Proteomics Moves From Expression to Turnover

Update and Future Perspective

Mary K Doherty; Phillip D Whitfield

Disclosures

Expert Rev Proteomics. 2011;8(3):325-334. 

In This Article

Five-year View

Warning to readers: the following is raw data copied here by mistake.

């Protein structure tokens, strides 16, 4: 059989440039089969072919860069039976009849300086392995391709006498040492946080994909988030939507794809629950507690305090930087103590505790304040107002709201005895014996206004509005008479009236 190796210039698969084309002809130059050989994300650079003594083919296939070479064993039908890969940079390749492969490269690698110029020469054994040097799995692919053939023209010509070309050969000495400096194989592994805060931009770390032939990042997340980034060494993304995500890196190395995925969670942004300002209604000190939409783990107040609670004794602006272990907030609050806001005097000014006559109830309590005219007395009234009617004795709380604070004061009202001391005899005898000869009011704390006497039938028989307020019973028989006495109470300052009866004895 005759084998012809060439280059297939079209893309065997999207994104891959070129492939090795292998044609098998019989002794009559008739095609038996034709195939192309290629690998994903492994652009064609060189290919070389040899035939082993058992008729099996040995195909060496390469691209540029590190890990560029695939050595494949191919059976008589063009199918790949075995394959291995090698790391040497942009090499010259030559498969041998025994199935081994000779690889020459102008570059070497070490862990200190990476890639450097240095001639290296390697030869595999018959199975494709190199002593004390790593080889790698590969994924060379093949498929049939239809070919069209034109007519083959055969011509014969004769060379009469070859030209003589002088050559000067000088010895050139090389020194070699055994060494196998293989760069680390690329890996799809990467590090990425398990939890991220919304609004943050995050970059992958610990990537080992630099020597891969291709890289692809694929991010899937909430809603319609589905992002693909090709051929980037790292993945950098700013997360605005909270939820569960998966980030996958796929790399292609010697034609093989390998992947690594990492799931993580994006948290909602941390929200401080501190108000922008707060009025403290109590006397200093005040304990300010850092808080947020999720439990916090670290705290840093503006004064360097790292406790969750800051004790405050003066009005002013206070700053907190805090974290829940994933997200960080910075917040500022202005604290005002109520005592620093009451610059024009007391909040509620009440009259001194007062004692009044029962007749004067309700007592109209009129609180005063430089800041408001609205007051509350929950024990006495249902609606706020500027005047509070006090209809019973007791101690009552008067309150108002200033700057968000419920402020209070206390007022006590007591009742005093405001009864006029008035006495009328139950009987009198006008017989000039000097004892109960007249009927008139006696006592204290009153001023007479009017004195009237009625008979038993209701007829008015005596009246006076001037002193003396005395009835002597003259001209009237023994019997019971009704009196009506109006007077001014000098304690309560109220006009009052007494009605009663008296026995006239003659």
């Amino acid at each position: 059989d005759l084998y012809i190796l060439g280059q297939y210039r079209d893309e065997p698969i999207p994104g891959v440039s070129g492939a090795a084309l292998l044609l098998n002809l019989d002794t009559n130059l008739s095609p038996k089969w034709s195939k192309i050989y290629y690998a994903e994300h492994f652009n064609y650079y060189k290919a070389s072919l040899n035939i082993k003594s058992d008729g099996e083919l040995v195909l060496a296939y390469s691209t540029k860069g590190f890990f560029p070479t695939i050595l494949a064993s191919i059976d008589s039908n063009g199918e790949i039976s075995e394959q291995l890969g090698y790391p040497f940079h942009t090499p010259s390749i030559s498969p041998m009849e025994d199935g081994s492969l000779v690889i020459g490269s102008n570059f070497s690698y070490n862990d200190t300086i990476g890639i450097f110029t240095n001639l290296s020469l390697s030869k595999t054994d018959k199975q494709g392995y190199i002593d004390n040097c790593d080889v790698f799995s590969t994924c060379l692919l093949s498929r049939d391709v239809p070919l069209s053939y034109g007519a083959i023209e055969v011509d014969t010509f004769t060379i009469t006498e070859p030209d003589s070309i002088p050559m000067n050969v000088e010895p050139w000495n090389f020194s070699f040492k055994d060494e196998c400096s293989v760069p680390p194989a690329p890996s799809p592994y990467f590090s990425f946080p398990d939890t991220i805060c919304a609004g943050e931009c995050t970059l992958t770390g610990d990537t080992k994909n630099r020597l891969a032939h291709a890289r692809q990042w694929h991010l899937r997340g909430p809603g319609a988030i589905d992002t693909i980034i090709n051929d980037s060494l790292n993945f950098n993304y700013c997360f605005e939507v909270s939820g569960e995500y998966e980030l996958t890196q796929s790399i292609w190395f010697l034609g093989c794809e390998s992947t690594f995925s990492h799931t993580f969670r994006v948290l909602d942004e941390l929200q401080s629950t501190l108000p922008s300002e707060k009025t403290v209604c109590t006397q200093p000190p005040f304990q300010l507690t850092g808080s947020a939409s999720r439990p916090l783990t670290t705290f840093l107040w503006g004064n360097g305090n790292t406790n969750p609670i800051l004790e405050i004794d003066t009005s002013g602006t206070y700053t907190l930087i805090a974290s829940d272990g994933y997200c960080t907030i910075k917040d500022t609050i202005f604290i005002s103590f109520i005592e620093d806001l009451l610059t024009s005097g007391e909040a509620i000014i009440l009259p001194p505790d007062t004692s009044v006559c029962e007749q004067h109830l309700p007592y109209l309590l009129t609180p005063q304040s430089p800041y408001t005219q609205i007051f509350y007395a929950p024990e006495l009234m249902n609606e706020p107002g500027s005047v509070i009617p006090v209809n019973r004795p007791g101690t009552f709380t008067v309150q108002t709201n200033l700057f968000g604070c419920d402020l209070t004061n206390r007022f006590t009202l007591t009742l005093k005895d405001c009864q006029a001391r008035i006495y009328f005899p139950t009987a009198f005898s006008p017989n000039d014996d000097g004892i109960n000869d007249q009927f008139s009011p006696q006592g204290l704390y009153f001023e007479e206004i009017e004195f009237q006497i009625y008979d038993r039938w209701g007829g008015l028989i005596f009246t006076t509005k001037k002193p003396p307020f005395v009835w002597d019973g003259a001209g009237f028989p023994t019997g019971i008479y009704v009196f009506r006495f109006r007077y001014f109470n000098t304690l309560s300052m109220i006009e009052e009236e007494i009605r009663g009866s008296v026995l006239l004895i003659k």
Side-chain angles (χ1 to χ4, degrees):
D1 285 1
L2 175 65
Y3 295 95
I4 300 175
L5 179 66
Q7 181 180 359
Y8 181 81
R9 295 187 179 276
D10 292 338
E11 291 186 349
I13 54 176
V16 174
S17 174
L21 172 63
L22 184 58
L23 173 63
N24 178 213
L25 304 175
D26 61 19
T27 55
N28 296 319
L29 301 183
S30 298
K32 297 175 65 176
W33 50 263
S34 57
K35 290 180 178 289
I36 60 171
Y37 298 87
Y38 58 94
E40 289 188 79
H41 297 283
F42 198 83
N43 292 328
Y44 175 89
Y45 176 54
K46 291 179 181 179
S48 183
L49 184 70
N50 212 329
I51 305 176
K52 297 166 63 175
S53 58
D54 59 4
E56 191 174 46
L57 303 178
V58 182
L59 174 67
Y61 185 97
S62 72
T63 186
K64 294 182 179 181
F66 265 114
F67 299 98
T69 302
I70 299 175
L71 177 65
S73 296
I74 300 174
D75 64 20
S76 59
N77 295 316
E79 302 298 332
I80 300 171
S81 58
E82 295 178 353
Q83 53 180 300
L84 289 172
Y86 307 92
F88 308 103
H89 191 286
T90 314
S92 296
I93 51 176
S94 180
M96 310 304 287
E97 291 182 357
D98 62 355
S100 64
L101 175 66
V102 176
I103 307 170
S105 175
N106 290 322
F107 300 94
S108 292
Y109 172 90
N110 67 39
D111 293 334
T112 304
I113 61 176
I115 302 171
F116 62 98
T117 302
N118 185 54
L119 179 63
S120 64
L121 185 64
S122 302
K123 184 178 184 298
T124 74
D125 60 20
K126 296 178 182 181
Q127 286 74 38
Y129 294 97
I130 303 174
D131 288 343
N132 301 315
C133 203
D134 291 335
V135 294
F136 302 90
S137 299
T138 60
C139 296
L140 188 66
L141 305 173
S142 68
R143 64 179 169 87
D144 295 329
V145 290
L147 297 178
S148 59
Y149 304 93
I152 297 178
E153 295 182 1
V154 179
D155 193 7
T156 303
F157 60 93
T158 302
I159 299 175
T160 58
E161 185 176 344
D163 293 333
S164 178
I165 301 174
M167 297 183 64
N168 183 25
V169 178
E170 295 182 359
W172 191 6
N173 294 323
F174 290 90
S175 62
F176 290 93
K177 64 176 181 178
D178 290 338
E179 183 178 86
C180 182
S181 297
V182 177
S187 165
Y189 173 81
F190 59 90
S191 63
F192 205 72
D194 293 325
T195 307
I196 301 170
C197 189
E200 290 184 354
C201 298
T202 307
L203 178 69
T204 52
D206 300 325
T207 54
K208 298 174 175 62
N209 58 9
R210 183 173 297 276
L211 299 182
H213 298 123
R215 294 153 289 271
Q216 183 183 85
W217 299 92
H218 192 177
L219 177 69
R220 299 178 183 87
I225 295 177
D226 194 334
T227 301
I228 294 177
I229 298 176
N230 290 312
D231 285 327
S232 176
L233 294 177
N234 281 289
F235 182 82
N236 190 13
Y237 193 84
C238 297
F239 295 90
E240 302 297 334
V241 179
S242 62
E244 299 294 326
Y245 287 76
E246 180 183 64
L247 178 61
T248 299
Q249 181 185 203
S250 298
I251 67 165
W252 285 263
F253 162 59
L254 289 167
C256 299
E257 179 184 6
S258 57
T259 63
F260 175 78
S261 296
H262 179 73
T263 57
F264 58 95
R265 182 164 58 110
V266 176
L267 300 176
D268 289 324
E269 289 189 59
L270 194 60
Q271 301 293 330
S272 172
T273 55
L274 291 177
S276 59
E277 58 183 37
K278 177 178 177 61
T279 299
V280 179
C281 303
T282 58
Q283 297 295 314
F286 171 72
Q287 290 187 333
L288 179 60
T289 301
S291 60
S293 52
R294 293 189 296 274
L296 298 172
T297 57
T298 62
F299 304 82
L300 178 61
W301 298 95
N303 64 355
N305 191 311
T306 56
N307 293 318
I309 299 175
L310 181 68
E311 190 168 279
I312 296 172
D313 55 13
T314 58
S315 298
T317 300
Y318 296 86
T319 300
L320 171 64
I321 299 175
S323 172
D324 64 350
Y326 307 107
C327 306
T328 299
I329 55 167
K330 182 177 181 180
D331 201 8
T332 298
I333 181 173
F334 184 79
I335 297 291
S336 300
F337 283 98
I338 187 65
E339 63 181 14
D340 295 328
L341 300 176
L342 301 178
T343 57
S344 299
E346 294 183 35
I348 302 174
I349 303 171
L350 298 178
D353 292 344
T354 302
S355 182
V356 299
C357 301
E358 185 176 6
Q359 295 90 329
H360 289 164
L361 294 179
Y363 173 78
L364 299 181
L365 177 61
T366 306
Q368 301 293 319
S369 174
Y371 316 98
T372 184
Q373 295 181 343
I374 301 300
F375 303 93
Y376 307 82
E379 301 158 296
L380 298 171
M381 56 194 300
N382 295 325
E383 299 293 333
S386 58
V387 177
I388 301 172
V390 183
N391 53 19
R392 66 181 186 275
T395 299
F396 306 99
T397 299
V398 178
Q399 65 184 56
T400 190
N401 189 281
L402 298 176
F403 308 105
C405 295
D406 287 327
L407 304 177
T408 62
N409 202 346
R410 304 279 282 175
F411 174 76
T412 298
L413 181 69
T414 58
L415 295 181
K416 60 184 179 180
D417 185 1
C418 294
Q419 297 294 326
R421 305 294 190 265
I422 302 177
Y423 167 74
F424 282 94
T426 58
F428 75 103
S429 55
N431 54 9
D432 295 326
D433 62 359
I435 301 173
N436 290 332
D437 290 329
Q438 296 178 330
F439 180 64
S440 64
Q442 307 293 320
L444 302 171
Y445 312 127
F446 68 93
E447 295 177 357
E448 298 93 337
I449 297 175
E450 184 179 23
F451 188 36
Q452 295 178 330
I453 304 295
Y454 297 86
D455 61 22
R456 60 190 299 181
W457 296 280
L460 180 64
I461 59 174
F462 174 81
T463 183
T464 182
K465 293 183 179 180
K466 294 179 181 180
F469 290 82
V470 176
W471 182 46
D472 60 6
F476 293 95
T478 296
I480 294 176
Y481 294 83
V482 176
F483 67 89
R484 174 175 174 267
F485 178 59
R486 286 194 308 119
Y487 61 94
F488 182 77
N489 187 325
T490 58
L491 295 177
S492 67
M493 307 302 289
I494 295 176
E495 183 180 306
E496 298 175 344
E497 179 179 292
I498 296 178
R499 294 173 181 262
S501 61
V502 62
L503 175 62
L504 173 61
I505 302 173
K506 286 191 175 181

Proteomics is advancing at a rapid pace. The need to be able to accurately quantify changes in the proteome is now seen as integral to any proteomics analysis. However, simply being able to monitor changes in the amount of a protein over time fails to provide information as to how the cell exerts this change in concentration. In order to gain a fully 'systems' approach to biological investigations, it must be possible to directly interrogate the dynamics of change, in this case protein turnover. The ability to accurately define the synthesis and degradation rates of hundreds and thousands of proteins on a global scale represents a remarkable step forward in our ability to probe the dynamic proteome. In addition, as these approaches become routine, the bioinformatic solutions to data handling are becoming more sophisticated. The inclusion of non-mass spectrometric methodologies is also important, and will take on an increasingly important role as we move to comprehensive analysis of the dynamics of cellular function. The methodology for determining the synthesis and degradation rates of large numbers of proteins simultaneously has now been established. It is now time to use these methodologies to understand how cells react to changing environmental stresses and interventions. This has particular applicability in disease states, where the protein synthesis and degradation machinery have been impaired. In addition, although this approach is becoming routine in cell culture, there are still few studies in intact animals. As the field progresses, these approaches will provide opportunities to investigate fundamental aspects of physiological and pathophysiological processes.

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